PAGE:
Taking After Taiwan

Hillary Lum

As a geriatrician, I am passionate about improving the health and wellbeing of older adults, especially those who are frail and experience difficulties in daily life.

As I strive to build partnerships that help care systems and communities serve vulnerable older adults, I’m motivated by the fact that this is not the way things are meant to be.

“For the LORD your God is God of gods and Lord of lords, the great, the mighty, and the awesome God, who is not partial and takes no bribe. He executes justice for the fatherless and the widow, and loves the sojourner, giving him food and clothing. Love the sojourner, therefore, for you were sojourners in the land of Egypt.” (Deuteronomy 10:17-19 ESV).

I recently traveled to Taiwan with friends to visit other friends. Thus, for 8 days, I was fortunate to have cultural navigators who introduced me to a bit of life in Taiwan. While there, I saw how another culture and society seeks to care for the poor, the widowed, the blind, and the disabled.

As I think about how our country can improve care for our older adults, here are some observations from Taiwan that we can learn from.

In Taipei, Taiwan’s largest city and home to 2.7 million, people eat most meals out because meals are affordable, accessible, efficient, and healthy. Every city block boasted restaurants that served tasty breakfasts and cost $6 US for four people. A lunch of hot pot stews, each with seafood, beef, and fresh veggies, cost $17 US for four people.  

There is no food insecurity; there are no food deserts. A Taiwanese elder can eat lunch for about $1.25 US. In the US, funding for Meals on Wheels faces a funding crisis and there is a waiting list in Denver.

In Taiwan, I saw older adults exercise in city parks. In fact, there is equipment specifically built for older adults alongside playgrounds for children. Many do Tai Chi, which has proven benefits for balance, pain, and fall risk.

Unfortunately, Tai Chi classes in the US are not widely available or covered by US insurances (similar to the lack of coverage for yoga, acupuncture, massage – which also have evidence to support their use).

Taiwan’s public transportation system works. It is affordable, accessible, and efficient. For many of my patients in Colorado, not being able to drive means that food, medical visits, community, and other necessities are incredibly hard, so effective public transportation could be a huge benefit to them.

In Taiwan, I observed that older adults who use wheelchairs or otherwise need assistance can afford paid caregivers. Like many other developed countries, Taiwan has a significant need for a caregiver workforce, and I learned that many caregivers are from Indonesia or the Philippines. They are paid a living wage, and often send money home to support family members. They are documented. They receive the National Health Insurance through their employment.

Because we lack a sustainable and affordable system for caregiving in the US, family members often serve as caregivers. Family caregivers are often unprepared and unsupported, which results in health issues for caregivers due to stress and other significant costs. For Colorado’s 500,000 family caregivers, a typical cost is $7,400 per year.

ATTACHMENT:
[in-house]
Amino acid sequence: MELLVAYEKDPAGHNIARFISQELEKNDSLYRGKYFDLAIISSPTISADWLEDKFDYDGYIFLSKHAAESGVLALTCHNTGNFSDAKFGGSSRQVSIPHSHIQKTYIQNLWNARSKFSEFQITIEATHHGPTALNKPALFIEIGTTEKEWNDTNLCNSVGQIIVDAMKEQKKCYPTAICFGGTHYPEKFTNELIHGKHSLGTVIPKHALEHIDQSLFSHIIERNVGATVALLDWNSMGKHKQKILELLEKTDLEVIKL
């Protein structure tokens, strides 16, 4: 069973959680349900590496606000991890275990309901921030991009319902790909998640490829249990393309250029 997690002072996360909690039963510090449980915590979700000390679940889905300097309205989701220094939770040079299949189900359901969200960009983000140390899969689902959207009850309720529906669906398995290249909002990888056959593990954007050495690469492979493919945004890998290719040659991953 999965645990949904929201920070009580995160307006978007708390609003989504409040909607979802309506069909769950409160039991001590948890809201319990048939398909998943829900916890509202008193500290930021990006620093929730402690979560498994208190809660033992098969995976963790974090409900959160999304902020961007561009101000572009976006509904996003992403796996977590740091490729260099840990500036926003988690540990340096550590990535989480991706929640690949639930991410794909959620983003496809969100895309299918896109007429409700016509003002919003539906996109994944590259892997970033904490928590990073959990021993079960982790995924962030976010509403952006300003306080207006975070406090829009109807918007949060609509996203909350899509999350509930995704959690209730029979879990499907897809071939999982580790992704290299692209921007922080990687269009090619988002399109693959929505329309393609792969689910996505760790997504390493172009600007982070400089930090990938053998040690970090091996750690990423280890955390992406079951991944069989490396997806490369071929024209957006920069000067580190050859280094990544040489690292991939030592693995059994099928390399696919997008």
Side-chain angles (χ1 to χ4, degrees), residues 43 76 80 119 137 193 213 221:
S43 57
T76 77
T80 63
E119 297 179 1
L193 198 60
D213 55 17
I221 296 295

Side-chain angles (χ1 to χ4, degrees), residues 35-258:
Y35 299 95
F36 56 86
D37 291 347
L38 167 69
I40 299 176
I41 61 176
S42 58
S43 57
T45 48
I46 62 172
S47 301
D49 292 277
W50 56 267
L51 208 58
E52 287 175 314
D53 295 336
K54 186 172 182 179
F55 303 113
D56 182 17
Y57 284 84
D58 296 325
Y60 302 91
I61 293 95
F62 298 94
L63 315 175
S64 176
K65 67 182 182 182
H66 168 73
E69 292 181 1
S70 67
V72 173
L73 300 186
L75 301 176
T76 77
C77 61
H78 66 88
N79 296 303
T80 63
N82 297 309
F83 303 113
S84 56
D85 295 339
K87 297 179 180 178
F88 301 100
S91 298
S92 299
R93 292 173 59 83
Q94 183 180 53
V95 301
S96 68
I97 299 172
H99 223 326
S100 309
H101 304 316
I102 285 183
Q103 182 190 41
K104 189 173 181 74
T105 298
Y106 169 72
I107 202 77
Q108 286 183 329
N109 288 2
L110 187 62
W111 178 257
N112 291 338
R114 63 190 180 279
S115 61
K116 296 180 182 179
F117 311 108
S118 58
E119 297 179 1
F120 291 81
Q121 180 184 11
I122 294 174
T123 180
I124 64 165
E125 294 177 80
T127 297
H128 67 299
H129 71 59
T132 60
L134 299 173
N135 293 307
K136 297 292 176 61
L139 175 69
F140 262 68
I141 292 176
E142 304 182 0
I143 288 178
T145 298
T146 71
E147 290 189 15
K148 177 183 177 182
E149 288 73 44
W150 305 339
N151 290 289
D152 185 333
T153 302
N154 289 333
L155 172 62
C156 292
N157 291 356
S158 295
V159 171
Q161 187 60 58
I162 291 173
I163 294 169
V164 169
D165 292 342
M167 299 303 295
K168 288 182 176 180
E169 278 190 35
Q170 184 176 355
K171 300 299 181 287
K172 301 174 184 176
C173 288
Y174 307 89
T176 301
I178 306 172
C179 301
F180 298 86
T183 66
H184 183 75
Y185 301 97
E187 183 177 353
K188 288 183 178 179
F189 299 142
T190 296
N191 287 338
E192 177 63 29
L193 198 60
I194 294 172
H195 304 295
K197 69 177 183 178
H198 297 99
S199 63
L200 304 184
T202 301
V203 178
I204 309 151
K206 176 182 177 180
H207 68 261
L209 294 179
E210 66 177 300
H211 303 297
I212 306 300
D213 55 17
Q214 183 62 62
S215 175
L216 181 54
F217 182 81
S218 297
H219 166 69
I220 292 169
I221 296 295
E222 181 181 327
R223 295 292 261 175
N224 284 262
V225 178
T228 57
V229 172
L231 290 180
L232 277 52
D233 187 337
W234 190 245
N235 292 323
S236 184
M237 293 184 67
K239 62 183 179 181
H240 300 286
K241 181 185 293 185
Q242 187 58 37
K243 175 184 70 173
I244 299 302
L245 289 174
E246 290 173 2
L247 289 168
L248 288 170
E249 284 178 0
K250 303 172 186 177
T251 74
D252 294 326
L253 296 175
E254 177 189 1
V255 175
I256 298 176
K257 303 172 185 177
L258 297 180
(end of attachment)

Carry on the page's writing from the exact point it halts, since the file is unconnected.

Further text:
In the US, there are many challenges for older adults as they progressively lose their independence. The median US income of older persons (age 65+) in 2015 was $31,372 for males and $18,250 for females. When living on a fixed income, being able to afford medications, food, transportation, housing, and caregiver assistance becomes a significant issue. In public health or medical terms, these are some of the “social determinants of health.” For the frail elder, these things are daily struggles that often contribute to worsened physical, emotional, and spiritual health and social isolation.  

Even as a visitor, I can tell that Taiwan’s Health Promotion Administration has actively shaped Taiwan as an age-friendly society. They’ve embraced the eight aspects of “active aging” and “age-friendly cities” as defined by the World Health Organization in 2010: respect and social inclusion; social participation; outdoor spaces and buildings; transportation; housing; communication and information; community support and health services; and civic participation and employment. Denver is part of the WHO Global Network of Age-friendly Cities and Communities.

While no society is perfect, including Taiwan, I appreciated the opportunity to see and experience a culture that has developed systems and services that recognize the needs of the vulnerable, including adults as they age.

I was reminded that the brokenness I feel within the US healthcare system and our communities, which are largely ill-equipped to help older adults age with dignity and respect, isn’t absolute reality.

There is much good work to be done.


Hillary Lum

Dr. Lum is an Assistant Professor of Medicine in the Division of Geriatric Medicine at University of Colorado Anschutz Medical Campus. She received her medical degree and doctorate in Cellular and Molecular Biology through the Medical Scientist Training Program at University of Wisconsin School of Medicine and Public Health. She did her internship and residency in Internal Medicine at University of Pittsburgh Medical Center, followed by fellowships in Geriatric Medicine and Hospice and Palliative Medicine at the University of Colorado. As a health services researcher, Dr. Lum’s interests are in improving healthcare for older adults with multiple medical conditions through implementation and dissemination of novel programs that support decision-making and goal-concordant care, especially at the end-of-life. Dr. Lum practices clinical geriatrics in ambulatory settings and is the Assistant Medical Director for Hospice Care at the Denver VA Community Living Center.
(From her bio found here.)